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Internationally acclaimed author Sonya Hartnett tells a hauntingly beautiful story set during World War II. Cecily and Jeremy have been sent to live with their uncle Peregrine in the English countryside, safe from the war, along with a young refugee named May. But when Cecily and May find two mysterious boys hiding in the ruins of a nearby castle, an extraordinary adventur Internationally acclaimed author Sonya Hartnett tells a hauntingly beautiful story set during World War II. Cecily and Jeremy have been sent to live with their uncle Peregrine in the English countryside, safe from the war, along with a young refugee named May. But when Cecily and May find two mysterious boys hiding in the ruins of a nearby castle, an extraordinary adventure begins.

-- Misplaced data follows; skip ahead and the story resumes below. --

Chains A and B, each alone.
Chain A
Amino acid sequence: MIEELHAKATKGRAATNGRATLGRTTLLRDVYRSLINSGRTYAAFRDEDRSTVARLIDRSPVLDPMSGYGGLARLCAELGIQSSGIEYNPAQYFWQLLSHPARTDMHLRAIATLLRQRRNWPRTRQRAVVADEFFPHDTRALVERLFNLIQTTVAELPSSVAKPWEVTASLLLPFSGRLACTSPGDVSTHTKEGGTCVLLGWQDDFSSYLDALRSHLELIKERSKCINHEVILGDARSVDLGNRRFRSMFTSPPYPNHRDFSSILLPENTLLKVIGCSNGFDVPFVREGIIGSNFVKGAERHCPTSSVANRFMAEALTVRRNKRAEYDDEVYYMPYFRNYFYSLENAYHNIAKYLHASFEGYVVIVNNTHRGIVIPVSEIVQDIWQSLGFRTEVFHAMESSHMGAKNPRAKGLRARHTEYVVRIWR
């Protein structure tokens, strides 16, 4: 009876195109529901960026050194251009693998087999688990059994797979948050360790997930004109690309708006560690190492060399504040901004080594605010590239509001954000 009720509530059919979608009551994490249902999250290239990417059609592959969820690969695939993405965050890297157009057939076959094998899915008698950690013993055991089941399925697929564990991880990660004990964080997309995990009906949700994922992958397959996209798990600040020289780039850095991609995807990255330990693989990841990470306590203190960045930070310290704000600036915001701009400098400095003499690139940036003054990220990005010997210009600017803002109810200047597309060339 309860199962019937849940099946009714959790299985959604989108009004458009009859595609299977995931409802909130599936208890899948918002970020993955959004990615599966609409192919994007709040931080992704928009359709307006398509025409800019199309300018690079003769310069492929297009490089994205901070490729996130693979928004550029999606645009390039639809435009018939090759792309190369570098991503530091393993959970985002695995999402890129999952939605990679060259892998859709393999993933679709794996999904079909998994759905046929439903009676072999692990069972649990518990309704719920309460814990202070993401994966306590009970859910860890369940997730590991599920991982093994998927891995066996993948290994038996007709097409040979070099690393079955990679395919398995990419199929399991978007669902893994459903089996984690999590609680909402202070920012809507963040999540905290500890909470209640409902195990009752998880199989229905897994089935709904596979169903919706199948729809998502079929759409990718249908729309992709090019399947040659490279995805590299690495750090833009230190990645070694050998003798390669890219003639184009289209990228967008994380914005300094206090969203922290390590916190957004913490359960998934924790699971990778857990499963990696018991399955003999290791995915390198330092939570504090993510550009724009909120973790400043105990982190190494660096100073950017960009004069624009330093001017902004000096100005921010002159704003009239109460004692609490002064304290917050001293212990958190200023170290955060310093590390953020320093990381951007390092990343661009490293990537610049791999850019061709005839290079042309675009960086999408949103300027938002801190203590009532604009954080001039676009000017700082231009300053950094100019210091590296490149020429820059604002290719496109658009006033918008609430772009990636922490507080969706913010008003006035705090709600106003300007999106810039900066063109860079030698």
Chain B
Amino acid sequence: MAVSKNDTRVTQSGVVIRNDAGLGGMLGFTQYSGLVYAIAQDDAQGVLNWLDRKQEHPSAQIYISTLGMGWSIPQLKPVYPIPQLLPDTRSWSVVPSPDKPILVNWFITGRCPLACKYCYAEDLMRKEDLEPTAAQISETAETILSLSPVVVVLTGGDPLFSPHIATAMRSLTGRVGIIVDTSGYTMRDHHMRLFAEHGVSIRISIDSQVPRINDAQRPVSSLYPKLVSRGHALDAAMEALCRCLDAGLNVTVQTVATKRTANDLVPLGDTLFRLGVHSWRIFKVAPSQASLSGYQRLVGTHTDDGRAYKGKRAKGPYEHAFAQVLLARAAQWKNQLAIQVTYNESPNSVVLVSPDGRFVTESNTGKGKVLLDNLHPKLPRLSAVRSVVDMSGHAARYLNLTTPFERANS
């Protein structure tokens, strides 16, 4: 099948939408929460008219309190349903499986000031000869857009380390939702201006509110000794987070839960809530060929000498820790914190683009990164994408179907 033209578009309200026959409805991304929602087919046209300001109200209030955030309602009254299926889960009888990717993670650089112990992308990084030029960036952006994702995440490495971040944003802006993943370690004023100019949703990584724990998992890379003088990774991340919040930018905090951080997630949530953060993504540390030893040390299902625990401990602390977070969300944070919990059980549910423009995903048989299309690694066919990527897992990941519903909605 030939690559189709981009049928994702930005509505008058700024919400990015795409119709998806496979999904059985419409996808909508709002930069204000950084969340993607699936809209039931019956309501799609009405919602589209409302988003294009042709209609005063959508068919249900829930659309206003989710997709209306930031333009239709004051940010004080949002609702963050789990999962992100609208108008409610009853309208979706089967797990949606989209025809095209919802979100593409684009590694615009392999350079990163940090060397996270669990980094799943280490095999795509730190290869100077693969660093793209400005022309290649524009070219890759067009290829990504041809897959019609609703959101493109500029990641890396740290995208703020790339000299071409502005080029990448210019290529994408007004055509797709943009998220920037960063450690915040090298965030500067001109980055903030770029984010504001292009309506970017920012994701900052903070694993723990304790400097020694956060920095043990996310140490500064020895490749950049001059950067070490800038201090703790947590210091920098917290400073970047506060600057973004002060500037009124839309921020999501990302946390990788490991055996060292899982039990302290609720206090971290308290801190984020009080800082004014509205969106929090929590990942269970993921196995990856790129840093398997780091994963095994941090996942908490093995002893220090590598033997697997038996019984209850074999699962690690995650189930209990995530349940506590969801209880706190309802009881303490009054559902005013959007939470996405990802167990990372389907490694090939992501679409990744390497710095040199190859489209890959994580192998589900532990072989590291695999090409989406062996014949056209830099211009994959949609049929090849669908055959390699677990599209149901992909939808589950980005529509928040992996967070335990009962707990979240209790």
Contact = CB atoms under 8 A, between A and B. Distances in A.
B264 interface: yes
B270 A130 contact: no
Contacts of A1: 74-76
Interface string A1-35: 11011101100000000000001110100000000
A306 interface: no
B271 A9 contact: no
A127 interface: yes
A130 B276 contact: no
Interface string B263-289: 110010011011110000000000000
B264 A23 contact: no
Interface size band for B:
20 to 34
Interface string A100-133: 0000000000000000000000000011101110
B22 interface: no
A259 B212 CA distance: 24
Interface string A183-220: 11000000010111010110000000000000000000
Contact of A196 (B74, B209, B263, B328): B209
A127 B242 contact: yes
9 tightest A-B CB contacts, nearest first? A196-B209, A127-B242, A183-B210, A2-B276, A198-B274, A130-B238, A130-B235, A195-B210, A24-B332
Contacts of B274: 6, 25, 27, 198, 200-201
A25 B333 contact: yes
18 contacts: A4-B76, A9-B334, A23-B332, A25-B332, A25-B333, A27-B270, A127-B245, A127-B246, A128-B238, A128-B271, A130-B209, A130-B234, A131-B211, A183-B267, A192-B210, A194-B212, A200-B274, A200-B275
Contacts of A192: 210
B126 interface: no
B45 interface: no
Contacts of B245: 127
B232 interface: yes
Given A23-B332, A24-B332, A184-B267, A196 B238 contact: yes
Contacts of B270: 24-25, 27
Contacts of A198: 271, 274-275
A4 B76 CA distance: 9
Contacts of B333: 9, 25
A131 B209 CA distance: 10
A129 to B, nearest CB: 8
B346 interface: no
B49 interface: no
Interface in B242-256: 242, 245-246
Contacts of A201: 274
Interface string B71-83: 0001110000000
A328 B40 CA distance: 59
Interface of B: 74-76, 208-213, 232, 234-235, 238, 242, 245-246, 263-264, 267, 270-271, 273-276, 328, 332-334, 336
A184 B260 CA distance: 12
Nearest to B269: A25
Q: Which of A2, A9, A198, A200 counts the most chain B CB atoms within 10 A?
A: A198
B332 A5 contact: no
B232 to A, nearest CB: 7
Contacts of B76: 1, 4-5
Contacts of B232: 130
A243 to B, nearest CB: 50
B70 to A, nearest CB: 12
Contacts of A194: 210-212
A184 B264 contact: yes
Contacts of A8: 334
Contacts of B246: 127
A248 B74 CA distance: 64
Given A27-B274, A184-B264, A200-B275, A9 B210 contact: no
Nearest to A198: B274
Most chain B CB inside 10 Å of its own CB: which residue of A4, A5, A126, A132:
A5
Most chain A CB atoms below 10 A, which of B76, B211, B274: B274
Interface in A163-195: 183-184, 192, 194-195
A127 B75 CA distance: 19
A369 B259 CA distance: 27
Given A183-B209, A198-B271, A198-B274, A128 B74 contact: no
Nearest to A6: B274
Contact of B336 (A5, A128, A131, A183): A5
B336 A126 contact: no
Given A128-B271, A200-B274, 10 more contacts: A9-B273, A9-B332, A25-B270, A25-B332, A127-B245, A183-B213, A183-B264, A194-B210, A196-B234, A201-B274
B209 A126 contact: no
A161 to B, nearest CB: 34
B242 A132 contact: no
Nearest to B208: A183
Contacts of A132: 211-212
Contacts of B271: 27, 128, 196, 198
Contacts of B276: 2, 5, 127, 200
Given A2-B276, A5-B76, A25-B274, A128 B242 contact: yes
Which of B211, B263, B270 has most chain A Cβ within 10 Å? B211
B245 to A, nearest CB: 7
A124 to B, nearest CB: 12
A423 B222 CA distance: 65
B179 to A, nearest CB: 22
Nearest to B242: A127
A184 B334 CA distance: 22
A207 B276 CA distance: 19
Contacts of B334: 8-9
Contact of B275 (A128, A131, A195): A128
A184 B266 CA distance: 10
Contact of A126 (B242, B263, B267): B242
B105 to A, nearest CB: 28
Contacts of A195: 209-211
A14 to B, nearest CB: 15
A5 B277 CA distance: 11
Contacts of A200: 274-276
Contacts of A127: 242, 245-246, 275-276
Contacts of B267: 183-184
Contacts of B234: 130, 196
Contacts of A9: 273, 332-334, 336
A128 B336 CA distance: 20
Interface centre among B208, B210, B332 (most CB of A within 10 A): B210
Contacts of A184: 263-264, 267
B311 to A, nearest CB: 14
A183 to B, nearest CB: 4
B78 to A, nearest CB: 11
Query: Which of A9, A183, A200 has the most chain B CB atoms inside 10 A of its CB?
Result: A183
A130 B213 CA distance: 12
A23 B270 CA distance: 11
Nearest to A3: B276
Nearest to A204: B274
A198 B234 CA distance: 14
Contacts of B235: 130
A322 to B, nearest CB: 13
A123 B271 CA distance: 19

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Internationally acclaimed author Sonya Hartnett tells a hauntingly beautiful story set during World War II. Cecily and Jeremy have been sent to live with their uncle Peregrine in the English countryside, safe from the war, along with a young refugee named May. But when Cecily and May find two mysterious boys hiding in the ruins of a nearby castle, an extraordinary adventur Internationally acclaimed author Sonya Hartnett tells a hauntingly beautiful story set during World War II. Cecily and Jeremy have been sent to live with their uncle Peregrine in the English countryside, safe from the war, along with a young refugee named May. But when Cecily and May find two mysterious boys hiding in the ruins of a nearby castle, an extraordinary adventure begins.